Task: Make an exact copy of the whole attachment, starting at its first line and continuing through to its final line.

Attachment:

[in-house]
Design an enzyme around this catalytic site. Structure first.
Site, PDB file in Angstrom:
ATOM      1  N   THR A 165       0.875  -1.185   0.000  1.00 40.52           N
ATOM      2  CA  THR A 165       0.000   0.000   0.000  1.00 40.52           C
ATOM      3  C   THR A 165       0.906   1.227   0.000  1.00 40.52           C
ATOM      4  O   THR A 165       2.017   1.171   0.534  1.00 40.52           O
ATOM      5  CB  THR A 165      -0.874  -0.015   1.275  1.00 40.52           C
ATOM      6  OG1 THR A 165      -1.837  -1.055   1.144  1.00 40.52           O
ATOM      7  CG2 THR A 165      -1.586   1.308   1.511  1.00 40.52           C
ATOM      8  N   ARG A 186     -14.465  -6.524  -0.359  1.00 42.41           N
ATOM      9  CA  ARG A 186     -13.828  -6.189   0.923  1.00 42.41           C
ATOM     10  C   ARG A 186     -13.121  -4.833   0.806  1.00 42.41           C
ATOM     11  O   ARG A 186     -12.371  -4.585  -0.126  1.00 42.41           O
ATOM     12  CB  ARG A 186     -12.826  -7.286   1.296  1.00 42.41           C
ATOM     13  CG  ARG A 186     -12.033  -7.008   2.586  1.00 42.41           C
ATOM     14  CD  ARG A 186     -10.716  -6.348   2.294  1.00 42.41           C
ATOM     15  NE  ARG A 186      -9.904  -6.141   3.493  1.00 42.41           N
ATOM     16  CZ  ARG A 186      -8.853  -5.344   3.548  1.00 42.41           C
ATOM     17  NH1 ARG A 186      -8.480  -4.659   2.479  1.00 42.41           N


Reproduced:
[in-house]
Design an enzyme around this catalytic site. Structure first.
Site, PDB file in Angstrom:
ATOM      1  N   THR A 165       0.875  -1.185   0.000  1.00 40.52           N
ATOM      2  CA  THR A 165       0.000   0.000   0.000  1.00 40.52           C
ATOM      3  C   THR A 165       0.906   1.227   0.000  1.00 40.52           C
ATOM      4  O   THR A 165       2.017   1.171   0.534  1.00 40.52           O
ATOM      5  CB  THR A 165      -0.874  -0.015   1.275  1.00 40.52           C
ATOM      6  OG1 THR A 165      -1.837  -1.055   1.144  1.00 40.52           O
ATOM      7  CG2 THR A 165      -1.586   1.308   1.511  1.00 40.52           C
ATOM      8  N   ARG A 186     -14.465  -6.524  -0.359  1.00 42.41           N
ATOM      9  CA  ARG A 186     -13.828  -6.189   0.923  1.00 42.41           C
ATOM     10  C   ARG A 186     -13.121  -4.833   0.806  1.00 42.41           C
ATOM     11  O   ARG A 186     -12.371  -4.585  -0.126  1.00 42.41           O
ATOM     12  CB  ARG A 186     -12.826  -7.286   1.296  1.00 42.41           C
ATOM     13  CG  ARG A 186     -12.033  -7.008   2.586  1.00 42.41           C
ATOM     14  CD  ARG A 186     -10.716  -6.348   2.294  1.00 42.41           C
ATOM     15  NE  ARG A 186      -9.904  -6.141   3.493  1.00 42.41           N
ATOM     16  CZ  ARG A 186      -8.853  -5.344   3.548  1.00 42.41           C
ATOM     17  NH1 ARG A 186      -8.480  -4.659   2.479  1.00 42.41           N